By Claire West
With 35 deaths and over 4,600 major injuries caused by falls from height at work in the UK last year1, Aviva - as part of its Simply Safety campaign — is urging businesses to ensure adequate care is taken when carrying out maintenance work on commercial premises this winter.
Aviva, the UK’s largest insurer, is warning individuals not to become complacent and to consider outsourcing jobs such as gutter cleaning wherever possible.
Phil Grace, liability risk manager at Aviva, says: “At this time of year, many businesses will be carrying out work such as gutter cleaning to prepare their properties for the onslaught of harsh weather over winter. Removing moss and other debris from blocked gutters plays a vital role in preventing water damage to buildings and tenants may be contractually obliged to ensure maintenance work takes place.
“Gutter cleaning may seem like routine maintenance work. However, working at height continues to be a major cause of death and injury at work, and it is important not to become complacent about the risks.
“Businesses may think they are saving on costs by carrying out the work in-house, but this can be a false economy. If there is no appropriately trained worker at a company, it is always advisable to outsource the work to a specialist contractor.
“Gutter cleaning is covered by the Work at Height Regulations 2005, which makes employers, the self-employed and any person supervising the work of others responsible for doing all they can to minimise risks. If there is an accident, the individual or business will be subject to an investigation by the Health and Safety Executive and could face heavy fines.”
In a recent example, City of London magistrates fined a Croydon firm almost £30,000 after an employee fell through a warehouse roof as he cleaned the gutters unsupervised at work. The 17 year old employee lost his spleen and broke his back, collarbone and pelvis in the accident after his employer failed to put appropriate safety measures in place2.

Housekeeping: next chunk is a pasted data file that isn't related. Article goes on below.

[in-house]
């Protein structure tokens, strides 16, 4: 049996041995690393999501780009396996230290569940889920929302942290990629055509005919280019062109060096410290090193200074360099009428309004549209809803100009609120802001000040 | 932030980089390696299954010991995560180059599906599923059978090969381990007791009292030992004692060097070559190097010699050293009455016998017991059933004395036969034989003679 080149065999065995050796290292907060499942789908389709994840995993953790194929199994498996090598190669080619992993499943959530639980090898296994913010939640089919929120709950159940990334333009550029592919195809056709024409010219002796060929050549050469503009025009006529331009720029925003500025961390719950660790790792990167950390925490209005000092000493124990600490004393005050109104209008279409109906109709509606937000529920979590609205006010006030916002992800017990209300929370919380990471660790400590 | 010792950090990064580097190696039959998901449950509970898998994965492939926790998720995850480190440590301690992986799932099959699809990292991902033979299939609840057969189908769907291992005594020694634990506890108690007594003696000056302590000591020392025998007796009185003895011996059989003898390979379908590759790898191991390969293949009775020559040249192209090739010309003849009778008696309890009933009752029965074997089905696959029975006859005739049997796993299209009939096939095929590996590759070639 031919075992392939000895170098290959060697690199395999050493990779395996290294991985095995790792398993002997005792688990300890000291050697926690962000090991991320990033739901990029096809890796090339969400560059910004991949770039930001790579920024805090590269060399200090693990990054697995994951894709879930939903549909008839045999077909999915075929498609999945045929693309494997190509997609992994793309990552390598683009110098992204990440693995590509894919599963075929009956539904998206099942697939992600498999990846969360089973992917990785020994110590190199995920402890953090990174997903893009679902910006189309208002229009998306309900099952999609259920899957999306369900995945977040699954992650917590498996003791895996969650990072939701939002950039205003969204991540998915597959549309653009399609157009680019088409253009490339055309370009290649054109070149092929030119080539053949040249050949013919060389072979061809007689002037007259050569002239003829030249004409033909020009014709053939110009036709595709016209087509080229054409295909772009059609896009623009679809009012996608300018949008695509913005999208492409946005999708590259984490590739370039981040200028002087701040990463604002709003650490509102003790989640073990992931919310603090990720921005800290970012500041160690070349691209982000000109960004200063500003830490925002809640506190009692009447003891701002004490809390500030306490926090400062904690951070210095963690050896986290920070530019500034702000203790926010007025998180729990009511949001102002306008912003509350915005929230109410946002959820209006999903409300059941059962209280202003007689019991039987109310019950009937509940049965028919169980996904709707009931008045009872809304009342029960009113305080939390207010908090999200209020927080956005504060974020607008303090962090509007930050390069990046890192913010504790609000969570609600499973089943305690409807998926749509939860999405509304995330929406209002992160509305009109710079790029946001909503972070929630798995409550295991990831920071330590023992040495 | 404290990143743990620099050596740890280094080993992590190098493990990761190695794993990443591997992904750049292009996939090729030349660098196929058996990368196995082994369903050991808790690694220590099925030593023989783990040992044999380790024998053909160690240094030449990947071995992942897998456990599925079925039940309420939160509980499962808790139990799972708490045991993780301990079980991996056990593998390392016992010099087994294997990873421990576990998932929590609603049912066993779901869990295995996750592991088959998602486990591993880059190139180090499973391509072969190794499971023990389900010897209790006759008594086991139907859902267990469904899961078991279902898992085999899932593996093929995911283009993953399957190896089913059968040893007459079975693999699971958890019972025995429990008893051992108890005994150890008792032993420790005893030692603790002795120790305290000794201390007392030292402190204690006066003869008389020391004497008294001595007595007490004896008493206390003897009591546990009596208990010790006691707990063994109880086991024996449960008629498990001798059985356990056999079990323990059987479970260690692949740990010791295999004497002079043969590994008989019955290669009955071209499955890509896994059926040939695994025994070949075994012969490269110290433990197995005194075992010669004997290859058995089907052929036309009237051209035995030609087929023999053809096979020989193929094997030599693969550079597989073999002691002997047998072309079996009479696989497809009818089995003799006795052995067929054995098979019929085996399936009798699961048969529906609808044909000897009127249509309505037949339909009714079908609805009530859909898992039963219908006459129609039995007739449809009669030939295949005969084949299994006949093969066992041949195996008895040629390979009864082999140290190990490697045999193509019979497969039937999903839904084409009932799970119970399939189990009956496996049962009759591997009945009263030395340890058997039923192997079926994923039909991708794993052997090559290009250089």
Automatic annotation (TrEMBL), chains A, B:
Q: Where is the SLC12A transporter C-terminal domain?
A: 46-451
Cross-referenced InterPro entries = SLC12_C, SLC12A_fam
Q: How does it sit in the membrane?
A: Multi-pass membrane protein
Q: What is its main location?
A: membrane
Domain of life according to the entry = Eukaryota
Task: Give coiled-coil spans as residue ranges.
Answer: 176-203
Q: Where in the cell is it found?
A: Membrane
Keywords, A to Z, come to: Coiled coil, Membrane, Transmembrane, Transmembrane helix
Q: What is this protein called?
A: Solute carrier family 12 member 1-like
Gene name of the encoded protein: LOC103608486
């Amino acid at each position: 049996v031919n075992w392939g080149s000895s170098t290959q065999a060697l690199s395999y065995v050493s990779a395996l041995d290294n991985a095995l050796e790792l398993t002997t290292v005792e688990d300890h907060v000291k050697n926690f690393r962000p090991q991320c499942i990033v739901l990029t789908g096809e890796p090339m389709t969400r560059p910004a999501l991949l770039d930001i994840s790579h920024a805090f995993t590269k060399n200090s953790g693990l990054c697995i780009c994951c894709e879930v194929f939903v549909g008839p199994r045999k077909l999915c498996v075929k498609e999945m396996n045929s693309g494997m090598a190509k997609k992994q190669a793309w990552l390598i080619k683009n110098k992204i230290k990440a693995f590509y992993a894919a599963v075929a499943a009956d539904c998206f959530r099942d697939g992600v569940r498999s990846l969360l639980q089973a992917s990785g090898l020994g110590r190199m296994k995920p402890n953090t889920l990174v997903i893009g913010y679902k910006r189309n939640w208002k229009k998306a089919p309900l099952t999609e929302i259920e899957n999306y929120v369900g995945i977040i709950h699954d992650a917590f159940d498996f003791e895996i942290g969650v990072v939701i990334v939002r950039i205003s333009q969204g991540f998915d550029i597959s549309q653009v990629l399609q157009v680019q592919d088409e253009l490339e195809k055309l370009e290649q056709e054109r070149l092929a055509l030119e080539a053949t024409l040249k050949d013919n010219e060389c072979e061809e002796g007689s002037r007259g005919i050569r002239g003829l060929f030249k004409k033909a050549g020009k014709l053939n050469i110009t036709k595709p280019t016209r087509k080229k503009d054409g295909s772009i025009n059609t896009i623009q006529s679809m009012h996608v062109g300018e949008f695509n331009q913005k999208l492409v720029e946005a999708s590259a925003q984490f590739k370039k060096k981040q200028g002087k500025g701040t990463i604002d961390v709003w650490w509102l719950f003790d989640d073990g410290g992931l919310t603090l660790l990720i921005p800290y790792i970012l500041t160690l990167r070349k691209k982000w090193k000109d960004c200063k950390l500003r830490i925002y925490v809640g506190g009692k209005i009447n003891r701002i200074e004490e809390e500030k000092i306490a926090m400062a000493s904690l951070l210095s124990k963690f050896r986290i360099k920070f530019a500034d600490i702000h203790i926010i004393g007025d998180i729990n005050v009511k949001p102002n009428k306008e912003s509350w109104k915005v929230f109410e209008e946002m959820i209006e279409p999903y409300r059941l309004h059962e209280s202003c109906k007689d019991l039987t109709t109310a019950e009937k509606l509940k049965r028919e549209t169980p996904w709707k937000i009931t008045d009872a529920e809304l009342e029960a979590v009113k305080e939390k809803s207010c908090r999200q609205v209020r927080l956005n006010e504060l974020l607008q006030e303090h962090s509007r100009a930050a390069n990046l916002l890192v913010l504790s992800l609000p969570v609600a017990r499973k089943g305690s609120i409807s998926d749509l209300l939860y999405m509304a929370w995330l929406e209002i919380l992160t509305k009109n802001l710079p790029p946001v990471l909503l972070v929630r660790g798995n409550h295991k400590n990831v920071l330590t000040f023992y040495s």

Grace continued: “If work must be undertaken in-house, there are a number of simple controls that can be put in place to minimise the risks of a person falling. Steps must be taken to both identify the risks involved in cleaning the gutters and choose the right equipment for the job.
“As the official guidance sets out, those in charge must first consider whether the work is to be carried out from a roof or ground level and then look to minimise the distance and consequence of a fall, should one occur.
“When the work is to take place from the roof there must be a safe means of access — with steps preferable to a ladder — and protection, such as guardrails or nets, put in place along the edge of roofs to stop people falling. Roof materials must be capable of carrying weight and skylights should be covered.
“If work is to be done from ground level, safe access must be arranged ideally using a cherry picker or scaffold tower. A ladder may be used if the work is of short duration.
“Ladders are involved in almost a quarter of all workplace falls from height3 so particular care must be taken to ensure the ladder is suitable and safely secured. Those working from ladders should maintain three points of contact at all times.
“In certain circumstances, personal protective equipment, such as a work restraint system, harness or lanyard, can be used. Debris must be bagged in small quantities and lowered slowly to the ground and workers should take frequent breaks.”
Grace concluded: “Above all, workers must be fully trained and competent to work at height. If this is not possible, maintenance work such as gutter cleaning must be outsourced to a specialist supplier.”
To download the Simply Safety factsheet visit: https://help.aviva.co.uk/resources/avivabroker/tools-and-templates/Simply_Safety_Gutter_Cleaning_Nov_2010